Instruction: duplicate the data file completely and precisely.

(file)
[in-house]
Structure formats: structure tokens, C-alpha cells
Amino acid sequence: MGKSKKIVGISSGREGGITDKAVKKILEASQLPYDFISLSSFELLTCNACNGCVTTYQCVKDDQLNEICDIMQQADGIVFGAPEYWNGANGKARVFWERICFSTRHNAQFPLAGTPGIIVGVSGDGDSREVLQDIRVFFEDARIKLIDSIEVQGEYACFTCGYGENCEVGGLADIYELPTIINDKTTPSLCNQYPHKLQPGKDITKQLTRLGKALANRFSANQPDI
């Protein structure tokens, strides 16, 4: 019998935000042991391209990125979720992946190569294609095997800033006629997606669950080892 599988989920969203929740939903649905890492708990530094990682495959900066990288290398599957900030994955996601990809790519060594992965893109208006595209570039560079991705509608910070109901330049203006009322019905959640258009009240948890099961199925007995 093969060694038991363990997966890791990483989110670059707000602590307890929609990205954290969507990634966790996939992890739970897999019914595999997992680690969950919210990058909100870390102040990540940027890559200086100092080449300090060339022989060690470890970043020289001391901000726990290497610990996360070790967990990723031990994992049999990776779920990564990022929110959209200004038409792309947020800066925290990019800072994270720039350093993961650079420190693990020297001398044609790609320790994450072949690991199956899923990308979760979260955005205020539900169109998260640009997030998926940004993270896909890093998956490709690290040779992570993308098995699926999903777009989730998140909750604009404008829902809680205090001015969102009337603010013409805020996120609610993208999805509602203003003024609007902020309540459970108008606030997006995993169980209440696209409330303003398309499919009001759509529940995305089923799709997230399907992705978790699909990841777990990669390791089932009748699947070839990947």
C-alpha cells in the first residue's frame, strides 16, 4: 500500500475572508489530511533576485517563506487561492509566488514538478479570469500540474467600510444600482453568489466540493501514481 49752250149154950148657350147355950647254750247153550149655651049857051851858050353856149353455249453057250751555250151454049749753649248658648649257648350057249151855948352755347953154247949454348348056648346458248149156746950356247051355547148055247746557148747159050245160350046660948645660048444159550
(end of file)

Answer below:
[in-house]
Structure formats: structure tokens, C-alpha cells
Amino acid sequence: MGKSKKIVGISSGREGGITDKAVKKILEASQLPYDFISLSSFELLTCNACNGCVTTYQCVKDDQLNEICDIMQQADGIVFGAPEYWNGANGKARVFWERICFSTRHNAQFPLAGTPGIIVGVSGDGDSREVLQDIRVFFEDARIKLIDSIEVQGEYACFTCGYGENCEVGGLADIYELPTIINDKTTPSLCNQYPHKLQPGKDITKQLTRLGKALANRFSANQPDI
């Protein structure tokens, strides 16, 4: 019998935000042991391209990125979720992946190569294609095997800033006629997606669950080892 599988989920969203929740939903649905890492708990530094990682495959900066990288290398599957900030994955996601990809790519060594992965893109208006595209570039560079991705509608910070109901330049203006009322019905959640258009009240948890099961199925007995 093969060694038991363990997966890791990483989110670059707000602590307890929609990205954290969507990634966790996939992890739970897999019914595999997992680690969950919210990058909100870390102040990540940027890559200086100092080449300090060339022989060690470890970043020289001391901000726990290497610990996360070790967990990723031990994992049999990776779920990564990022929110959209200004038409792309947020800066925290990019800072994270720039350093993961650079420190693990020297001398044609790609320790994450072949690991199956899923990308979760979260955005205020539900169109998260640009997030998926940004993270896909890093998956490709690290040779992570993308098995699926999903777009989730998140909750604009404008829902809680205090001015969102009337603010013409805020996120609610993208999805509602203003003024609007902020309540459970108008606030997006995993169980209440696209409330303003398309499919009001759509529940995305089923799709997230399907992705978790699909990841777990990669390791089932009748699947070839990947």
C-alpha cells in the first residue's frame, strides 16, 4: 500500500475572508489530511533576485517563506487561492509566488514538478479570469500540474467600510444600482453568489466540493501514481 49752250149154950148657350147355950647254750247153550149655651049857051851858050353856149353455249453057250751555250151454049749753649248658648649257648350057249151855948352755347953154247949454348348056648346458248149156746950356247051355547148055247746557148747159050245160350046660948645660048444159550